In the newest phase of Rosewood Estates between St. Andrews and Gulf Park Estates, crews work on the foundation of a new house underneath the shade of a live oak.
Builder Randy Bosarge says, "My goal is to leave as many trees as I can."
In fact, Bosarge says he only takes a tree down if it's within ten feet of the home's foundation. Otherwise Bosarge says the trees stay as an asset to the property.
"People are moving into the county so that they can have a nice wooded lot, and with these being one acre lots, the trees add value to the house and they also make the house look better."
That's why Supervisor John McKay favors an ordinance to protect large trees in certain developments, but McKay says he hasn't had much luck convincing the other supervisors.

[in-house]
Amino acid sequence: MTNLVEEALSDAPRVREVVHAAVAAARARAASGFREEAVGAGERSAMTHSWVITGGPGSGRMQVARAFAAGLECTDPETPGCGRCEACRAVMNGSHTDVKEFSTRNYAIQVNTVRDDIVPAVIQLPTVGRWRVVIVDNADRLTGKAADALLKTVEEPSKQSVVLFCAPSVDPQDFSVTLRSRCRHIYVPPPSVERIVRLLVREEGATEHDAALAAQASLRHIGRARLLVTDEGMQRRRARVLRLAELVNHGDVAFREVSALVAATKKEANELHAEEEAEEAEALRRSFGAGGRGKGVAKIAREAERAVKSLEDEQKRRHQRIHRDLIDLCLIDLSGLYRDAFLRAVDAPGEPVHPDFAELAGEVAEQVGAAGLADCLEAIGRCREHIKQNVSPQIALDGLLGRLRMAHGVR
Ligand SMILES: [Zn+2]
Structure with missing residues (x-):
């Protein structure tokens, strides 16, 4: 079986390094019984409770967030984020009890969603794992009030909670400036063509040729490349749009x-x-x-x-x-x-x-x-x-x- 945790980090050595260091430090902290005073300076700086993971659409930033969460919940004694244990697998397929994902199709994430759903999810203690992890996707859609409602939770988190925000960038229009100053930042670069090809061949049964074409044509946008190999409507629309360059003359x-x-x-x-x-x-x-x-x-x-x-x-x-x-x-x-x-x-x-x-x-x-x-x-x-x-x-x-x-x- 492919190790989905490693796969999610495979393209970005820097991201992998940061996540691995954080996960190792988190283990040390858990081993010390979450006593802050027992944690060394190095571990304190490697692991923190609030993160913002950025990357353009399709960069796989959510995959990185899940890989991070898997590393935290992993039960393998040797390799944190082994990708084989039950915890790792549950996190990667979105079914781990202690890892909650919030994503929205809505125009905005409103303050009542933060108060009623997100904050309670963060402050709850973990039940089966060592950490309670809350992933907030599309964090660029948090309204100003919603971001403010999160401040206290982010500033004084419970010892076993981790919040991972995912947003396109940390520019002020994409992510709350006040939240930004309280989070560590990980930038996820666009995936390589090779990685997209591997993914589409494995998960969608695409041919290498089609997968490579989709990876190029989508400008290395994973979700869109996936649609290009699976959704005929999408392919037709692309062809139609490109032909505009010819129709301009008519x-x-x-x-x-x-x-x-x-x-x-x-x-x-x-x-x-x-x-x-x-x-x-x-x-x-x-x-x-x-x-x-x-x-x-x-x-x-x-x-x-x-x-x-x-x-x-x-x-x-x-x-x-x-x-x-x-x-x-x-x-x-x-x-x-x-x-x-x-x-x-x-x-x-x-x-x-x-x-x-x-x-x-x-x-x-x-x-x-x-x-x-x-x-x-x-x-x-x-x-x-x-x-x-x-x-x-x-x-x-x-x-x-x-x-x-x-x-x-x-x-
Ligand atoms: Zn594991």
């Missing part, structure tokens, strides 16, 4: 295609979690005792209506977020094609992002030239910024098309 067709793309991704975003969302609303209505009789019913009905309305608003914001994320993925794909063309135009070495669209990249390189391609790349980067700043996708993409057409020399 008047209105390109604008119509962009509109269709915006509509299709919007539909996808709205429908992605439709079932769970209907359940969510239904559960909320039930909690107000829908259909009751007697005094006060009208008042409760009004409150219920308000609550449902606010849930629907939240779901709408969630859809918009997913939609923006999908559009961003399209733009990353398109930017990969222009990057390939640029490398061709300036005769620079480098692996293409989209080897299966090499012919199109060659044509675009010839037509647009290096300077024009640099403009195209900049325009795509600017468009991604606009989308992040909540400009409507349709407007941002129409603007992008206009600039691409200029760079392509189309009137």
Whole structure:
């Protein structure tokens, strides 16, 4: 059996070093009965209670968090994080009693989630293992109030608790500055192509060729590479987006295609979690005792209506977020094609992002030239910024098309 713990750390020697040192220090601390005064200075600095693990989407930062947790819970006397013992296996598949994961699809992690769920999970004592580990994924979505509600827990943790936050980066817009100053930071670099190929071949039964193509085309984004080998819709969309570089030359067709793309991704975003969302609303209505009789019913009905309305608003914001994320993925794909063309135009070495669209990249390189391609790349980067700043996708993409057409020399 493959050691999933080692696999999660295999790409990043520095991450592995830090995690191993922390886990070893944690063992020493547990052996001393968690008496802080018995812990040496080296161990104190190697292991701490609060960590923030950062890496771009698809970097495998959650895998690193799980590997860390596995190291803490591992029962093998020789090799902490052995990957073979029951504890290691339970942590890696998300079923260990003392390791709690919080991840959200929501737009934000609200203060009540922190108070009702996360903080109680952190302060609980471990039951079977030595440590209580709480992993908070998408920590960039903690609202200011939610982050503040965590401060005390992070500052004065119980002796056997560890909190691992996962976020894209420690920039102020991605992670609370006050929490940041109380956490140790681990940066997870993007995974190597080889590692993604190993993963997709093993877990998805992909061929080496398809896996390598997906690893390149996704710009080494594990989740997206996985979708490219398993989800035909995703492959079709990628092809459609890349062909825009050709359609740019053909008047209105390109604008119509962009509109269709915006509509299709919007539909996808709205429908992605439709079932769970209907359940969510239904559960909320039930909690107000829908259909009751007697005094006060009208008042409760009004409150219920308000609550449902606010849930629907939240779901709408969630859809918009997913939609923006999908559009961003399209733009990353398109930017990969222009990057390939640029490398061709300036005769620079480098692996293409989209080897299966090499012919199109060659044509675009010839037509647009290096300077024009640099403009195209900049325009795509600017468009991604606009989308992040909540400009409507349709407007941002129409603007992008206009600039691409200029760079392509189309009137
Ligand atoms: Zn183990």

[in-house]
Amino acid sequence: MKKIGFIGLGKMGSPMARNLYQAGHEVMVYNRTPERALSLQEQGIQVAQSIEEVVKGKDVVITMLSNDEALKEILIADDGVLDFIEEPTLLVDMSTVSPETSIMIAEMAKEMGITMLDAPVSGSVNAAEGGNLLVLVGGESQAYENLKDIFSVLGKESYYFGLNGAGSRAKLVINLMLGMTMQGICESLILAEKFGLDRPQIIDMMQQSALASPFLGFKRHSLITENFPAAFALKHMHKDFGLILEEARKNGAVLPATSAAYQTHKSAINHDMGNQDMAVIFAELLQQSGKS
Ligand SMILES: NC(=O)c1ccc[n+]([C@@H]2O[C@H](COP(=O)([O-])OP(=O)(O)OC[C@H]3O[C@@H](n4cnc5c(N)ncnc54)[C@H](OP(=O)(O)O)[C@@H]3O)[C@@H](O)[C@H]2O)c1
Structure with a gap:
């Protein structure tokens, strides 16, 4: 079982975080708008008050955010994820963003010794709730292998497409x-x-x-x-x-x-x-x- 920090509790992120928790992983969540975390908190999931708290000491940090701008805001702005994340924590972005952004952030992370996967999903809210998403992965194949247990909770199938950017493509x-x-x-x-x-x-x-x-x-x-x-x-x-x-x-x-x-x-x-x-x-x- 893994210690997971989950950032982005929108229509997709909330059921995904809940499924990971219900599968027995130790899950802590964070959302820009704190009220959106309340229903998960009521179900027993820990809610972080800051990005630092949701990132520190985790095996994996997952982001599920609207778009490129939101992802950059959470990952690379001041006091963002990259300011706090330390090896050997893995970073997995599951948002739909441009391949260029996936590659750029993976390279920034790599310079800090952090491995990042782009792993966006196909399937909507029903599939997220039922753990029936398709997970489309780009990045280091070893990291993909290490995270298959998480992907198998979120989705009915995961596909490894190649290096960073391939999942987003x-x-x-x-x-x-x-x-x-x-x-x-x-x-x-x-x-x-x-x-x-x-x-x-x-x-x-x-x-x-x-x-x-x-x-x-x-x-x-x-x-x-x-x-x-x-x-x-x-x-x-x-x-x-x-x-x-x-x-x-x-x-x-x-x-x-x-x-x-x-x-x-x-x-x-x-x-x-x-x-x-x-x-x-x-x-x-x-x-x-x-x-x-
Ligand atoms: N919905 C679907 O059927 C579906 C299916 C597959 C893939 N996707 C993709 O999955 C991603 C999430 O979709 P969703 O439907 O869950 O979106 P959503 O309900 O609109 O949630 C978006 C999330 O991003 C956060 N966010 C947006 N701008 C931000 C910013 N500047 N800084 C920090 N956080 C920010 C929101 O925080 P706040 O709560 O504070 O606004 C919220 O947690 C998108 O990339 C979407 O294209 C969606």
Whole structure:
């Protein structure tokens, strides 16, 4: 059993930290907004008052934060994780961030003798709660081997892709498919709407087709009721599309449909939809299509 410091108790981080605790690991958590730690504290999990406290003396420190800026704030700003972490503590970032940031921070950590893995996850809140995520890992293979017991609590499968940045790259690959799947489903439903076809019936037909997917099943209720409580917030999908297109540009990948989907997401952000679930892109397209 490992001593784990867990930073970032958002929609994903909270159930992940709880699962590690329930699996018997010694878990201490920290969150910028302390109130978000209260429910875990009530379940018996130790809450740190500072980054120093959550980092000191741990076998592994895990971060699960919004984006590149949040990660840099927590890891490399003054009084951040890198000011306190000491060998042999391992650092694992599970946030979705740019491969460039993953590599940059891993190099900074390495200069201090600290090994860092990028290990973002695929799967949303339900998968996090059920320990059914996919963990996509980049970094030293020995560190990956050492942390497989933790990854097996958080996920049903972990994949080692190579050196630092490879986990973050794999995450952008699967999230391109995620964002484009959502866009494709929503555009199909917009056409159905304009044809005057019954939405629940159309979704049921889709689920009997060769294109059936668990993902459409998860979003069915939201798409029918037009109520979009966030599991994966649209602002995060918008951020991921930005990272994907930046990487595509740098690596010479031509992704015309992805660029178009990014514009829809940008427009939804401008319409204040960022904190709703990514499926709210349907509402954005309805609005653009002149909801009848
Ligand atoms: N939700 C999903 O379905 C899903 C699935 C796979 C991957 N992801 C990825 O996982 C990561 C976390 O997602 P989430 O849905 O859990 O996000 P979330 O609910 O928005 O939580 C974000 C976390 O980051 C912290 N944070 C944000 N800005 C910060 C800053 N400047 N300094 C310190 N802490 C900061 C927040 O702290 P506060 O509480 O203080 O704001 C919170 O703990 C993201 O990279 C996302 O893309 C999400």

"Hopefully, we can get something that will help us protect our major trees in subdivisions. Maybe that's the way we have to do it. Say in large developments, we require our planning department to mark all large trees ten inches or above, or something like that," McKay says.
Otherwise, he says, contractors can strip the land bare with no laws to stop them.
"In some developments, they go in and pretty much knock down all the trees without any concern for the size or quality of the tree, and I just believe many of these things bring value to the property, value to the community and value just to us as a neighborhood."
Bosarge says he has no problem with regulations to protect some trees. Along with such an ordinance, McKay also wants the supervisors to require developers to put open green space and parks in new housing areas.